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Could It Be They'd Rather Not Get Stoned?

June 12, 1994|Steve Hochman

Still the World's Greatest Rock 'n' Roll Band?

The Rolling Stones may have to relinquish that title--at least when it comes to selling concert tickets.

The last time the Stones came to town, in 1989, the band sold out four shows at the 75,000-capacity Los Angeles Memorial Coliseum as part of the fabulously successful "Steel Wheels" tour.

No such fortune this time.

The Stones had planned to do three nights at the 65,000-capacity Rose Bowl in Pasadena, starting Oct. 19. But that goal looks doubtful after the sluggish sales for just one Stones show there. Instead of the instant sellouts expected these days by major attractions, it took several days to sell out the Rose Bowl--even with the Red Hot Chili Peppers as an added attraction.

The Stones are still expected to add one more show, but plans for the third have apparently been scrapped.

How could that be?

Among the theories floated by concert industry insiders:

* It's economics. People have already spent so much money on Pink Floyd, Eagles and Barbra Streisand shows that they are reluctant to dip into their wallets again. And it's not just the Rose Bowl--the Stones' sales have been under "Steel Wheels" levels in many markets around the country.

"There's just so much money to go around--and the Stones came into the game late," one national concert promoter said. "If the Stones had come out first, it might have been a whole different story. Still, it's surprising . . . because you thought the Stones were, well, the Stones. "

* It's timing. By putting the Rose Bowl date on sale five months before the show--and before the release of the band's upcoming new album "Voodoo Lounge"--there was no new music on the radio to stir excitement. It's no coincidence that the second Rose Bowl show is not expected to go on sale until after the album's release on July 12.

"Music is how you pick up new fans," says Gary Bongiovanni, editor of the concert business trade magazine Pollstar. "If the record comes out and it gets lots of airplay, you'll see a lot of interest in the shows."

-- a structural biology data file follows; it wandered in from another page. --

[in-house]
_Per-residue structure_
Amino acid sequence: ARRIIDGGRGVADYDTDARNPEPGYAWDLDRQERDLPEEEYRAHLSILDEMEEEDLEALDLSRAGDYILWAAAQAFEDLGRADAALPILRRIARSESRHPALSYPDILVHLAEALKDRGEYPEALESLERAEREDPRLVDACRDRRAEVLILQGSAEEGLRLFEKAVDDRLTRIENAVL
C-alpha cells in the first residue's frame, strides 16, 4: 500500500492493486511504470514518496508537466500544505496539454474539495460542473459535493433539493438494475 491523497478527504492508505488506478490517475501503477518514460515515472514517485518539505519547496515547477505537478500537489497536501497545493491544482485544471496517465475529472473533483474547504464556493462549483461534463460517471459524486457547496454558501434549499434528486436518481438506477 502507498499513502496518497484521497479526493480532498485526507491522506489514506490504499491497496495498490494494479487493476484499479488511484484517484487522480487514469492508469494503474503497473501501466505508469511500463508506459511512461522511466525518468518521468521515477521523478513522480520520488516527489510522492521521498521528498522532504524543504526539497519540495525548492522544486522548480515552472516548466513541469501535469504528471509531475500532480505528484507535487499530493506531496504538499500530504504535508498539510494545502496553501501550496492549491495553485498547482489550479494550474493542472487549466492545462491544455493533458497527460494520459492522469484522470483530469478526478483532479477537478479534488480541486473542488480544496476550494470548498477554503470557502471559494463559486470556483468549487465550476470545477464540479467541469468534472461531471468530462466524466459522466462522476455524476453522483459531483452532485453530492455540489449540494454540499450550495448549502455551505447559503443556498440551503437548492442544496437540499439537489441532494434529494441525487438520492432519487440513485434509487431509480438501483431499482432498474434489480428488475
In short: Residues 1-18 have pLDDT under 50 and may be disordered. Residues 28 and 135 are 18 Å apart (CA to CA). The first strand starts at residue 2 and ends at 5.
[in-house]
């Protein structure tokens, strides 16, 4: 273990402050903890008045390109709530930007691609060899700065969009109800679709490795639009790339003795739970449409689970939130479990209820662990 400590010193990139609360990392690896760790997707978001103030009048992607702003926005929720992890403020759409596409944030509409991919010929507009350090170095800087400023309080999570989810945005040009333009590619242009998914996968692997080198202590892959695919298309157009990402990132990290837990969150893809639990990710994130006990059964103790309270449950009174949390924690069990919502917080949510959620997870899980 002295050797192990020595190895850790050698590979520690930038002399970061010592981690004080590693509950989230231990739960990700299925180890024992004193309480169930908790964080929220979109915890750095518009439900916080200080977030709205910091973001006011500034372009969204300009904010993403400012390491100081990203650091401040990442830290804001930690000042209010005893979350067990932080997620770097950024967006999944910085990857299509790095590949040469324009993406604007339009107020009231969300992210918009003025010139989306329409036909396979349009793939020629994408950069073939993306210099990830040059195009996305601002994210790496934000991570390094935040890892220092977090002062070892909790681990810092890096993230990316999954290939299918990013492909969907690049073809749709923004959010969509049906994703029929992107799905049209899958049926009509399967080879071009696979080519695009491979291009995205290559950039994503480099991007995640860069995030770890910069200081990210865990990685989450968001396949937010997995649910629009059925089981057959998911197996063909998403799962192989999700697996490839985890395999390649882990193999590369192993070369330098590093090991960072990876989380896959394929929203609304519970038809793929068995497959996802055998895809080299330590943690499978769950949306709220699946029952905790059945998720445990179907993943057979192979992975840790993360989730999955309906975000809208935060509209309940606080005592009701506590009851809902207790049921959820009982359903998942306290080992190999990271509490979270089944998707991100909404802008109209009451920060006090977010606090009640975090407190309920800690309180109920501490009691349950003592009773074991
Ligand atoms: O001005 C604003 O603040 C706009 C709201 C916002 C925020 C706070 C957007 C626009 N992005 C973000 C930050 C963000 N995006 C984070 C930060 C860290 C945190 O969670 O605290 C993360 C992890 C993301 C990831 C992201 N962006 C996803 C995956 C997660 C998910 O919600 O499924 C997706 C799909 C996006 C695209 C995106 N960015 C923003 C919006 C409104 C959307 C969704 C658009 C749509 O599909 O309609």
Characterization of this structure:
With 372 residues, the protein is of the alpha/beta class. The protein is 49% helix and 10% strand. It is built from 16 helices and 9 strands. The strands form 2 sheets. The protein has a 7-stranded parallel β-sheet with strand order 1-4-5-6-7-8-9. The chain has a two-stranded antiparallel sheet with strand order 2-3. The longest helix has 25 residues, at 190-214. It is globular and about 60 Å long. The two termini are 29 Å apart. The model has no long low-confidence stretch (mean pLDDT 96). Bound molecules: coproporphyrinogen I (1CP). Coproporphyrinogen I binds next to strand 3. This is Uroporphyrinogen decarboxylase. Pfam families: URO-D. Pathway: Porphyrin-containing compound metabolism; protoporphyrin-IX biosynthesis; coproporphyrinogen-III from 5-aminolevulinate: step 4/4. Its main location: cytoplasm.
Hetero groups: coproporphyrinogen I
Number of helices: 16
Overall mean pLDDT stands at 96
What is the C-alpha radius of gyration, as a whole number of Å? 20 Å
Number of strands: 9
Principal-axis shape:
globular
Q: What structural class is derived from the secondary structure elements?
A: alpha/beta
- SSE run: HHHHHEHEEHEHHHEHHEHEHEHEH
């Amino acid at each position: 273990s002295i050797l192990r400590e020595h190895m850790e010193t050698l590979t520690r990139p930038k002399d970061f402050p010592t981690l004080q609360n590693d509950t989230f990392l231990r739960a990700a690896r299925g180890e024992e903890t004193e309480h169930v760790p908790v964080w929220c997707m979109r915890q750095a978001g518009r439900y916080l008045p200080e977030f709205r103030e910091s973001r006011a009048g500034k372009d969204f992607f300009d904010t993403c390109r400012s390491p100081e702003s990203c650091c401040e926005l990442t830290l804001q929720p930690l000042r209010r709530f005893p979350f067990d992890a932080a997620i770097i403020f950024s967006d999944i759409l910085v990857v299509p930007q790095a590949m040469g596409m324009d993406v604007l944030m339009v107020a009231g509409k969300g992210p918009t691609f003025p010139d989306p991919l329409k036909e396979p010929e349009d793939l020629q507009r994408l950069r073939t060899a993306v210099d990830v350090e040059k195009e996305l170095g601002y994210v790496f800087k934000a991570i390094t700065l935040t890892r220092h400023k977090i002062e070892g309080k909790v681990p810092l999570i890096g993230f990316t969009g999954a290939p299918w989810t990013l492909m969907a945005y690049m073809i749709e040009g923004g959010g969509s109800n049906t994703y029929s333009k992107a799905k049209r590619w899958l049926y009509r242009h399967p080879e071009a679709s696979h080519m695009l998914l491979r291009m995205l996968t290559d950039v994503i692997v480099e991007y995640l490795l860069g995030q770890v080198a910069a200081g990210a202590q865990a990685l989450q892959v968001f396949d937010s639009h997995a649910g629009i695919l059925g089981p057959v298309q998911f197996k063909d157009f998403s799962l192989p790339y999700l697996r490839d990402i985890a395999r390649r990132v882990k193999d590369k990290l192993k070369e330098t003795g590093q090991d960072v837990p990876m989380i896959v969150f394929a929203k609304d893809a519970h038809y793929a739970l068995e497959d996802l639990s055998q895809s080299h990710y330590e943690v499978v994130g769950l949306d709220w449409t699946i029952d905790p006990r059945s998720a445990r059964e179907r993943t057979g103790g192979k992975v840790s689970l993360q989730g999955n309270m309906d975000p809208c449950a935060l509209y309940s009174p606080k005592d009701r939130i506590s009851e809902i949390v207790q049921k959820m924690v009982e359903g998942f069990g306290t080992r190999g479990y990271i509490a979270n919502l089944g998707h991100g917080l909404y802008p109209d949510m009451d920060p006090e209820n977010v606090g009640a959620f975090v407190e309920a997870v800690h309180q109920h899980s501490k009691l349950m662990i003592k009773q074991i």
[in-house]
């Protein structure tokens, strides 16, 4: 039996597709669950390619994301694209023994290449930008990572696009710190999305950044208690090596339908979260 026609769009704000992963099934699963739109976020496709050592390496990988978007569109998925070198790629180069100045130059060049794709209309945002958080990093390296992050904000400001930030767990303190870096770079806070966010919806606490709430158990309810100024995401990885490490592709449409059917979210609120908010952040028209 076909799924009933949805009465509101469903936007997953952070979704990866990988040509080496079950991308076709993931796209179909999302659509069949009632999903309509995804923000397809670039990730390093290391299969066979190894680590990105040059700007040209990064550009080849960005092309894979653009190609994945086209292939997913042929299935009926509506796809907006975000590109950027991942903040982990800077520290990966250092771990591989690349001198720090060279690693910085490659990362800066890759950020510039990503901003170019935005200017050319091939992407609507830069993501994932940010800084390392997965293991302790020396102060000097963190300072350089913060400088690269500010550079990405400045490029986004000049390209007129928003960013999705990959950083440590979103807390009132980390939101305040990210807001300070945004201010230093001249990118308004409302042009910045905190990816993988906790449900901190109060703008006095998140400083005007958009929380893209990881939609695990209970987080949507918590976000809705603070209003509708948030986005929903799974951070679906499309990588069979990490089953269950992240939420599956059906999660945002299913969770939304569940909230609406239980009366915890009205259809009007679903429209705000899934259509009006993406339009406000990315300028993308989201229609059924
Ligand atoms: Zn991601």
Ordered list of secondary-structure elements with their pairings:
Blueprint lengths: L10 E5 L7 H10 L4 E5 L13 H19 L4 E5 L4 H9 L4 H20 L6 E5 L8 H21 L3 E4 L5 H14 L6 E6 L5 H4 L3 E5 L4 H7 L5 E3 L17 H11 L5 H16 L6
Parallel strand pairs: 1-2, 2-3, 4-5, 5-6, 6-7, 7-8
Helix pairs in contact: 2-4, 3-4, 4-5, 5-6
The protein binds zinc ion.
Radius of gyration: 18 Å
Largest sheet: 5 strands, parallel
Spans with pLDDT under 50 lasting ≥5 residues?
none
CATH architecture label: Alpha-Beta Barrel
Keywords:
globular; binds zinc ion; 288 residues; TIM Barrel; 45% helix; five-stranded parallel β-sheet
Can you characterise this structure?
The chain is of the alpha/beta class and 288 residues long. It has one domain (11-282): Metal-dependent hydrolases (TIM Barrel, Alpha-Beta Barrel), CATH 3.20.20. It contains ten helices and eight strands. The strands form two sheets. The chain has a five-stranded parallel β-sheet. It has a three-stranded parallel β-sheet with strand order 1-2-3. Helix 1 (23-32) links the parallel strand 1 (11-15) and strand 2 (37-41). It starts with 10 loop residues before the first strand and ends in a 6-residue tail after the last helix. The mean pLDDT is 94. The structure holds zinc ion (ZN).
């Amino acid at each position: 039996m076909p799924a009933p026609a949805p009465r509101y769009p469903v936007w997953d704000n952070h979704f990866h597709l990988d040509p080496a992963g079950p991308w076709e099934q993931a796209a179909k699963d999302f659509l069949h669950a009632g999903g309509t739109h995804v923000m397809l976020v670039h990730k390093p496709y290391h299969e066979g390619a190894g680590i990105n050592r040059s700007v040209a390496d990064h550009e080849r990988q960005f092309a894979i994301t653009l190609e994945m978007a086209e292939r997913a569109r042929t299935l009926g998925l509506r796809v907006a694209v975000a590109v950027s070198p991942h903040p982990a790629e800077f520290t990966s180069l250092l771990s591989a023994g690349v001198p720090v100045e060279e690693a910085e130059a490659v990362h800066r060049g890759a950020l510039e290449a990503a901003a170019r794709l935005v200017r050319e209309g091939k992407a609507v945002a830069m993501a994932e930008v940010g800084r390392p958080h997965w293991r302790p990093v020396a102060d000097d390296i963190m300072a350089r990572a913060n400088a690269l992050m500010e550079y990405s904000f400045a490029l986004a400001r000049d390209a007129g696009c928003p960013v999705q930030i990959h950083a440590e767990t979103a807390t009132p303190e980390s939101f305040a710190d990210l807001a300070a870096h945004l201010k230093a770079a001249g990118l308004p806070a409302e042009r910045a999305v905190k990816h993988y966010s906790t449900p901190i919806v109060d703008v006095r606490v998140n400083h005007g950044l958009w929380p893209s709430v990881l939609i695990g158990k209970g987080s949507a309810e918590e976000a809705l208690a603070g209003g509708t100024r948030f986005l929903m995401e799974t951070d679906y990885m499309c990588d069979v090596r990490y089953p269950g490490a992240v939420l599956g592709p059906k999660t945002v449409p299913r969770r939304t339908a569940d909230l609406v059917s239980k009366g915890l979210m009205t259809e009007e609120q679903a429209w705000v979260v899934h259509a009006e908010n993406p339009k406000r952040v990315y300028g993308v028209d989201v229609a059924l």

* It's over. Could it be that the Stones simply aren't the draw they used to be?

"We'll soon see," said one industry observer.

One group of people apparently counting on the Stones' coming through in the end are the area ticket brokers. A Pop Eye survey of brokers, who demand whatever the market will bear for tickets, found top seats ($50 face value) being sold for as much as $650.

Then again, the brokers also report that they still have plenty of Stones tickets on hand.

BEATLES BATTLE: It's no secret that there was bad blood between John Lennon and Paul McCartney after the Beatles broke up. The feuding was frequently quite public. Remember Lennon's vitriolic song attacking McCartney, "How Do You Sleep?"

But there was also apparently a private war of words. A handwritten draft of a nasty letter from Lennon to McCartney and his wife, Linda, has turned up and it can be yours . . . for $125,000.

That's the price being asked by Gary Zimet, a New York-based rare documents dealer who recently acquired the six-page letter from a friend of the late Beatle. Undated but apparently written around the time of the band's 1970 split, the missive lays into Paul--and, perhaps more so, Linda--for their posturing about the demise of the band.

A sampling:

"Paul and (manager Allen) Klein both spent the day persuading me it was better not to say anything (about my leaving the Beatles) because (that) would hurt the Beatles. . . . Remember? So get that into your petty little perversion of a mind, Mrs. McCartney. (The other Beatle wives) asked me to keep quiet about it. Of course the money angle is important to all of us, especially after all the petty (expletive) that came from your insane family/in-laws. And God help you out, Paul."

L.A.-based rock memorabilia collector and dealer Jeff Leve says the letter sounds like a "substantial" entry in the Beatles documents catalogue. But he says he doubts that Zimet will get even close to his asking price. Such prized items as the handwritten lyrics of "A Day in the Life," he notes, sold for considerably less than that.

And one more thing, he says: The biggest and wealthiest individual collector of Beatles items these days is not likely to want the letter.

According to Leve, the collector's name is Paul McCartney.

BLOCKBUSTER BLOCKAGE: The Eagles' reunion show at the Glen Helen Blockbuster Pavilion June 3 was also the first run for the venue's expanded capacity to 35,000--double the previous capacity.

So how did it go?

Not well, according to some Eagles fans and some in the Eagles camp. There was grumbling about long waits at the food concessions, souvenir booths and restrooms, and up to a two-hour traffic jam after the show ended.

"It was just totally unprepared for that many people," says Peter Lopez, the Eagles' attorney. "I talked to a lot of people who felt the lines and the parking were intolerable."

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